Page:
Following the events of Jean de Florette, Manon, the daughter of Jean, is living in the countryside of Provence near Les Romarins, the farm that her father once owned. She has taken up residence with an elderly Piedmontese squatter couple who teach her to live off the land, tending to a herd of goats and hunting for birds and rabbits. Ugolin Soubeyran, also called Galinette (only by his uncle César), has begun a successful business growing carnations at Les Romarins with his uncle, César Soubeyran—also known as Papet—thanks to the water provided by the spring there.
After seeing her bathe nude in the mountains, Ugolin develops an interest in Manon. When he approaches her, she seems disgusted by his vileness and almost certainly by the memory of his involvement in her father’s downfall. But Ugolin’s interest in Manon becomes obsessive, culminating in sewing a ribbon from her hair onto his chest.
At the same time, Manon becomes interested in Bernard, a handsome and educated schoolteacher recently arrived in the village. As a small child, Manon had suffered the loss of her father, who died from a blow to the head while using explosives in an attempt to find the water source. César and Ugolin then bought the farm cheaply from his widow—Manon’s mother—and unblocked the spring. Manon witnessed this as a child. The two men profited directly from his death.
When she overhears two villagers talking about it, Manon realises that many in the village knew of the crime but had remained silent, for the Soubeyran family was locally important. While searching for a goat that fell into a crevice above the village, Manon finds the underground source of the spring that supplies water to the local farms and village. To take her revenge on both the Soubeyrans and the villagers, who knew but did nothing, she stops the flow of water using the iron-oxide clay and rocks found nearby.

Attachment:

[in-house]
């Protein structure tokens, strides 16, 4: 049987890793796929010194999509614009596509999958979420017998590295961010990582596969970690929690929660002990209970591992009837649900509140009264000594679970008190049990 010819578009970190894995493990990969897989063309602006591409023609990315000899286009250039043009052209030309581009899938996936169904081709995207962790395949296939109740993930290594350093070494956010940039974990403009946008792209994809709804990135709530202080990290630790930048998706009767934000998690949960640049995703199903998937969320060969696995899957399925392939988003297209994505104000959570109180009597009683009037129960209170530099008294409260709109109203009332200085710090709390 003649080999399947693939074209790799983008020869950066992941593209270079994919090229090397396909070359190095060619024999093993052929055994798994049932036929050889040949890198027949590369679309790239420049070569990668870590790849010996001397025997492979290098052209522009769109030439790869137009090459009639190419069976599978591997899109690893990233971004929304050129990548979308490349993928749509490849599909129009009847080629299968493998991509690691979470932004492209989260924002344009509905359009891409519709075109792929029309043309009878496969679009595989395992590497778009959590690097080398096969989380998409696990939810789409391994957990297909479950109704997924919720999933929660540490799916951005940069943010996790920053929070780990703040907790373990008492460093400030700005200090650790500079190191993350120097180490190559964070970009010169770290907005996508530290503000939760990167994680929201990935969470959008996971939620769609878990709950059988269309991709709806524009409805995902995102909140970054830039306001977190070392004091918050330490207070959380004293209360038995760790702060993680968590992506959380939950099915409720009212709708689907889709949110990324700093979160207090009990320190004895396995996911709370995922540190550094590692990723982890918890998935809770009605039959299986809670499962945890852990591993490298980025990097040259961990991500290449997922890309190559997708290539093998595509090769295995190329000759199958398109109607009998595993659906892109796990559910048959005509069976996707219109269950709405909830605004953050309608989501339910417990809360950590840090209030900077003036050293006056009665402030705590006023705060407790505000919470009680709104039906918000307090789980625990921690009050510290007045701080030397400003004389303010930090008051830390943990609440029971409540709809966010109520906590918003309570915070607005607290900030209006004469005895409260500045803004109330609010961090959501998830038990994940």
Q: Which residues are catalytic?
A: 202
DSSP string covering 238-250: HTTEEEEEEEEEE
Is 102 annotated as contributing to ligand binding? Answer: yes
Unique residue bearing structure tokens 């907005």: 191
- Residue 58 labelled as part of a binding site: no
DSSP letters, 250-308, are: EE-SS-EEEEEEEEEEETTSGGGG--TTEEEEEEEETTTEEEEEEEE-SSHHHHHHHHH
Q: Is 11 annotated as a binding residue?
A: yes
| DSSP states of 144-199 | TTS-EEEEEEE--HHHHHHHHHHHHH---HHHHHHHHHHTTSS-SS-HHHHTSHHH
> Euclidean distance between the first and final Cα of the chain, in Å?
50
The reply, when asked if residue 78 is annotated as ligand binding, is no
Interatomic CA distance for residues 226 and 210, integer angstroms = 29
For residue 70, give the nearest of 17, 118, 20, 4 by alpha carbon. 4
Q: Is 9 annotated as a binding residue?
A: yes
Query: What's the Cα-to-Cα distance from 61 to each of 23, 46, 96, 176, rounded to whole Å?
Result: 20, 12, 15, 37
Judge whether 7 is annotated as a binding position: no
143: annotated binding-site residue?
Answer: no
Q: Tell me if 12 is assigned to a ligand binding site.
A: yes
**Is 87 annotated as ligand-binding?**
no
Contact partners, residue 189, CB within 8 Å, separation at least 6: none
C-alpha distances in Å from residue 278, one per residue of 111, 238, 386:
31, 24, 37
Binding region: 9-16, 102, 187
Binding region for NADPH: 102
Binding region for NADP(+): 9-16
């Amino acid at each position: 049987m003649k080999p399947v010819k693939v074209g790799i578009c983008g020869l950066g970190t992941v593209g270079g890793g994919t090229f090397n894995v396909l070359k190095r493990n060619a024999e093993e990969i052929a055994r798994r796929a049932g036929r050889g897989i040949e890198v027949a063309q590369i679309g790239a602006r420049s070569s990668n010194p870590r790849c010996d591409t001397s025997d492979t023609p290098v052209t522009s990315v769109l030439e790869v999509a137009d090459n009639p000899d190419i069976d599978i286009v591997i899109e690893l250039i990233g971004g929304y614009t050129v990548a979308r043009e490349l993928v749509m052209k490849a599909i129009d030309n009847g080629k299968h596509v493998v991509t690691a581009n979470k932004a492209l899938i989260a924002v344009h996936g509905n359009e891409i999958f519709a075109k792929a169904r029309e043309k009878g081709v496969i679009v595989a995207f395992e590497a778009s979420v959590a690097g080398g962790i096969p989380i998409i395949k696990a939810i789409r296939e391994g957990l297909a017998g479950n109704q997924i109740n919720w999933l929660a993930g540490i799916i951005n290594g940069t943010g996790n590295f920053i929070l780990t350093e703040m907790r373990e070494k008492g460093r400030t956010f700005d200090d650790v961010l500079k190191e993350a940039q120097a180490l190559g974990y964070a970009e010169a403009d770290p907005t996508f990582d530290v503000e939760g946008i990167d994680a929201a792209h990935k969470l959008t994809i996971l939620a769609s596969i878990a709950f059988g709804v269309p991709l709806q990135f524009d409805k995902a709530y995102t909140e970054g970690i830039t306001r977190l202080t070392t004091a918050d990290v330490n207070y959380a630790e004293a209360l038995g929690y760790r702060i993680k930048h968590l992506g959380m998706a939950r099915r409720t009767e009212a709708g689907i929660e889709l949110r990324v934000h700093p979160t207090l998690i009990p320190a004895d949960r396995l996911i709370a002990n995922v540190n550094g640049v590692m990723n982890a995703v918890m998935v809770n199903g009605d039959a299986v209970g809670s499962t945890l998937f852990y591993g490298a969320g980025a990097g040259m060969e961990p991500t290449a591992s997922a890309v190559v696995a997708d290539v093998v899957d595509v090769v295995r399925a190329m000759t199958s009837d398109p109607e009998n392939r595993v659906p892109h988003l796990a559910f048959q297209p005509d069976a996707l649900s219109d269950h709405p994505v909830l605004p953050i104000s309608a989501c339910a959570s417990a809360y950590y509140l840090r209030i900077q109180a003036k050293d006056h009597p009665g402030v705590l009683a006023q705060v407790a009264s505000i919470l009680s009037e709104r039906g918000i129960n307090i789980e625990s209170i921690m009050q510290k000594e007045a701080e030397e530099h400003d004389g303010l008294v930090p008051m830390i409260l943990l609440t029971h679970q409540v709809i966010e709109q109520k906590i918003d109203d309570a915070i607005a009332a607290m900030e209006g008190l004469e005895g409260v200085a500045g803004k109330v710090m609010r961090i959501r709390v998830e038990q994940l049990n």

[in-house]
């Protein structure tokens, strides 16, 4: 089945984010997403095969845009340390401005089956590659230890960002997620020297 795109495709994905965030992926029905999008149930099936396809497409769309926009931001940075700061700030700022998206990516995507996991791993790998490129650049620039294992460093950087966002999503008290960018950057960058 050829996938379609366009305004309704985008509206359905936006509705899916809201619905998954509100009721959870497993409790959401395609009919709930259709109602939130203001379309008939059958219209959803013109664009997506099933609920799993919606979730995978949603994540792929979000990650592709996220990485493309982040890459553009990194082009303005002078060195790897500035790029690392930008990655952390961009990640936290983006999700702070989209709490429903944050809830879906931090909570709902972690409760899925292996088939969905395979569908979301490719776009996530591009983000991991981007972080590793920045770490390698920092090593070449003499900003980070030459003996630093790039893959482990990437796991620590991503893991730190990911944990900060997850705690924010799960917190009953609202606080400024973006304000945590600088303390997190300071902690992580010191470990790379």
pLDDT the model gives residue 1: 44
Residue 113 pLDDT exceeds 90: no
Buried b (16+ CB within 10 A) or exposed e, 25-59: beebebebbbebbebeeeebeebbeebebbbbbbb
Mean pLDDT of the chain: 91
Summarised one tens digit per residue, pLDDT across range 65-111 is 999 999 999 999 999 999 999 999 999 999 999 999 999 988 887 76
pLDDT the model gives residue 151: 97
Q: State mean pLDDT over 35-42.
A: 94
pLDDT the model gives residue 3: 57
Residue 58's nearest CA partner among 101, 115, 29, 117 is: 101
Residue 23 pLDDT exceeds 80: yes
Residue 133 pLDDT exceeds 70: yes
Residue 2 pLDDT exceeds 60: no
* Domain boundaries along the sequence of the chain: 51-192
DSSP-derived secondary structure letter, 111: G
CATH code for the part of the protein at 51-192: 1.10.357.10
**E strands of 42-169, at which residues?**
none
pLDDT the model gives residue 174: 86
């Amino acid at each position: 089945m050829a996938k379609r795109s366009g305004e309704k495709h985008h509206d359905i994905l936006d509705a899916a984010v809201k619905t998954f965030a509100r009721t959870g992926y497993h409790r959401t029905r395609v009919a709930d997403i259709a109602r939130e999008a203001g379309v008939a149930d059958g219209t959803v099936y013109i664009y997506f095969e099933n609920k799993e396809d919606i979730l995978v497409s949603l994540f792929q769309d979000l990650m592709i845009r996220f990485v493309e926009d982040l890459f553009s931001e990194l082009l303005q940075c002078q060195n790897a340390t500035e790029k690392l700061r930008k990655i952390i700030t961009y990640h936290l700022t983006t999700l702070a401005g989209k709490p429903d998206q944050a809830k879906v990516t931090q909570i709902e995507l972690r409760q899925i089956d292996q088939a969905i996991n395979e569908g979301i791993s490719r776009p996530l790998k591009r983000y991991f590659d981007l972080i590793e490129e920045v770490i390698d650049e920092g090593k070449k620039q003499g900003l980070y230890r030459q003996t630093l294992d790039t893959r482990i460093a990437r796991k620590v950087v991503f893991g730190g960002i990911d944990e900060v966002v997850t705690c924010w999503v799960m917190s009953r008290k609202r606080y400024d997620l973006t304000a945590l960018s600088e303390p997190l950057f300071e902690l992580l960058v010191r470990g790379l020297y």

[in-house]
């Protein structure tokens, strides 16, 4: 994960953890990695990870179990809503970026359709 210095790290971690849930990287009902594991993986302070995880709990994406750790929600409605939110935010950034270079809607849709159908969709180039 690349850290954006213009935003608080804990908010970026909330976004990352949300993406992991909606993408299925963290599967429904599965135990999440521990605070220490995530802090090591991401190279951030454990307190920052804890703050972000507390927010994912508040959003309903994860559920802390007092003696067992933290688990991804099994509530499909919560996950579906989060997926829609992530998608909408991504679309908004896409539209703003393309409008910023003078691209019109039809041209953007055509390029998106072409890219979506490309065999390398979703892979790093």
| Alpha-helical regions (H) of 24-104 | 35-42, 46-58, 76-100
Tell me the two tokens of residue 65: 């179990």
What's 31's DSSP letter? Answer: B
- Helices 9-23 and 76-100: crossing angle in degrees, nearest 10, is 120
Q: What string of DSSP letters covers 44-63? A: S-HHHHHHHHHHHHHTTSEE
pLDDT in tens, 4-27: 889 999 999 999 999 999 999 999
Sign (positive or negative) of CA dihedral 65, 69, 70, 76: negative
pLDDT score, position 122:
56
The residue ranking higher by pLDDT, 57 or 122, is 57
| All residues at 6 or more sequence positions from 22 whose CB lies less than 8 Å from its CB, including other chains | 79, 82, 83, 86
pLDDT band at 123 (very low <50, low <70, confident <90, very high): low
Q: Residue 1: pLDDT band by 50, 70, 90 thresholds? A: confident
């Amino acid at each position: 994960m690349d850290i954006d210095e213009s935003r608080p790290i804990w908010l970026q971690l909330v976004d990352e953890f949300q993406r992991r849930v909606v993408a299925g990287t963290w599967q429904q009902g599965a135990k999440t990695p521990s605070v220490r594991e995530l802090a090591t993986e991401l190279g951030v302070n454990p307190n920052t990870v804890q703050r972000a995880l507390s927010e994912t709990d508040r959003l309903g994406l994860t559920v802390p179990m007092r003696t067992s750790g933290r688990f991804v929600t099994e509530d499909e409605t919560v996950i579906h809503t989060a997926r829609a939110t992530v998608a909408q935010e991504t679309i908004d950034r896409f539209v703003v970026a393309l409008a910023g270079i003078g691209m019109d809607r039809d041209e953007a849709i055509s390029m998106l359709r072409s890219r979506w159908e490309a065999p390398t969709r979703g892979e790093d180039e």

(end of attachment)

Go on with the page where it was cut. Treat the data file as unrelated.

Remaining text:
The villagers quickly become desperate for water to feed their crops and run their businesses. They come to believe that the water flow had been stopped by some Providence to punish the injustice committed against Jean. Manon publicly accuses César and Ugolin, and the villagers admit their own complicity in the persecution of Jean. They had never accepted him, as he was an outsider and was physically deformed.
César tries to evade the accusations, but an eye-witness, a poacher who was trespassing on the vacant property at the time, steps forward to confirm the crime, shaming both César and Ugolin. Ugolin makes a desperate attempt to ask Manon for her hand in marriage, but she rejects him. The Soubeyrans flee in disgrace. Rejected by Manon, Ugolin commits suicide by hanging himself from a tree, apparently ending the Soubeyran line.
Manon des Sources; released in North America as Manon of the Spring) is a critically acclaimed and commercially successful 1986 French language film. Directed by Claude Berri, it is the second of two films adapted from the 1966 two-volume novel by Marcel Pagnol, who wrote it based on his own earlier film of the same title. It is the sequel to Jean de Florette.
Manon des Sources (1986)
Directed by: Claude Berri
Starring: Yves Montand, Emmanuelle Béart, Daniel Auteuil, Hippolyte Girardot, Margarita Lozano, Yvonne Gamy, Ticky Holgado, Elisabeth Depardieu, Gabriel Bacquier
Screenplay by: Claude Berri, Gérard Brach
Production Design by: Bernard Vézat
Cinematography by: Bruno Nuytten
Film Editing by: Hervé de Luze, Costume Design by:
Set Decoration by: Sylvie Gautrelet
Art Direction by: Olivier Coutagne, François Dariani, François Bariani
Music by: Jean-Claude Petit
Distributed by: Orion Classics
Release Date: November 19, 1986